How do we analyze the dynamics of the atmosphere, the oceans, the solid earth (especially volcanic emissions) and the biosphere (the system of plants, animals, and other living things)? Scientists have studied pieces of these systems, cutting them both conceptually and geographically, but even the pieces are not tractable by current mathematics, and the challenges as we try to understand the interplay of all phenomena involved are far beyond current conceptual and computational capabilities.

This is a theme that comes up in quite a few of the articles related to this year’s focus on the intersection of math and climate. As we begin to demand more from our models, those models will necessarily need to become more sophisticated. This requires mathematicians to create models that not only reflect reality, but are also optimized so that we can obtain results within a reasonable time frame.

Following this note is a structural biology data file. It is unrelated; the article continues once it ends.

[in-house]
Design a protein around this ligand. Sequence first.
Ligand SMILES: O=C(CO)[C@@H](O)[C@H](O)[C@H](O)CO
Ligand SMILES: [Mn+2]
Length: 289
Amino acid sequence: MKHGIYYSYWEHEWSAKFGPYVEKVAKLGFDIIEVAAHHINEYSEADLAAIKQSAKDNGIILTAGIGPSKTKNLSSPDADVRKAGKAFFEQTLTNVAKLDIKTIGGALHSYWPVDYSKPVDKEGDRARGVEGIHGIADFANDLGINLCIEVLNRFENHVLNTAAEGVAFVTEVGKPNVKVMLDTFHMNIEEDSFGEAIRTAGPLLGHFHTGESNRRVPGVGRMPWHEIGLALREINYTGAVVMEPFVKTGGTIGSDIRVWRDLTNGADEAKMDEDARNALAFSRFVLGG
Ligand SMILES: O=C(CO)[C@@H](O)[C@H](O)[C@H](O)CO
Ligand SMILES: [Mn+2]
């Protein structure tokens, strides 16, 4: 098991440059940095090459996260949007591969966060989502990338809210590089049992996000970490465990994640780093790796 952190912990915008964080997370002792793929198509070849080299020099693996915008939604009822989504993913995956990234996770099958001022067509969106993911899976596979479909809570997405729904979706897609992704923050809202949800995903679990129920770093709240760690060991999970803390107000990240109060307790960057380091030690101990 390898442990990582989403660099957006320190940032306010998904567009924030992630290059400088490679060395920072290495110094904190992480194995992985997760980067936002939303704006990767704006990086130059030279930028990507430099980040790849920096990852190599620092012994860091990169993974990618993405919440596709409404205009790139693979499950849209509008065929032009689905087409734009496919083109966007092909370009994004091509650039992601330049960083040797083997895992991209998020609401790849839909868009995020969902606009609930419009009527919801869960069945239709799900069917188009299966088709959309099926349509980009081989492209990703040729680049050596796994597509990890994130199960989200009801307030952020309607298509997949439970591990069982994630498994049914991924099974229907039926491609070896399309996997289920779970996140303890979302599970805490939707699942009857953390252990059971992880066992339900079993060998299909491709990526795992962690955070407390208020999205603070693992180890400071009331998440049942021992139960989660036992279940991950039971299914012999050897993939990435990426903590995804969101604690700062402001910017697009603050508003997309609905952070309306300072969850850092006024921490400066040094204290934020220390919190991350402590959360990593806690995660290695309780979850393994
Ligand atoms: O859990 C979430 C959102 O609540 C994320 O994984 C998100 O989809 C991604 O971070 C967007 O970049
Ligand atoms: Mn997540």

There are a host of other articles discussing the interplay between climate and mathematics. Some of the articles cover related topics as well – for example, Professor Margot Garritsen’s article “Mathematics in Energy Production” provides a good example of the essential role mathematics plays in our current methods for procuring gas and oil, and briefly discusses the relationship between math and alternative energies.

With city-sized blocks of ice crumbling off of the Antarctic, there can be little doubt that climate change is happening, even if we don’t understand everything that underlies it. Will mathematics come to our rescue? Don’t worry – if it doesn’t, I’m hopeful that Captain Planet will.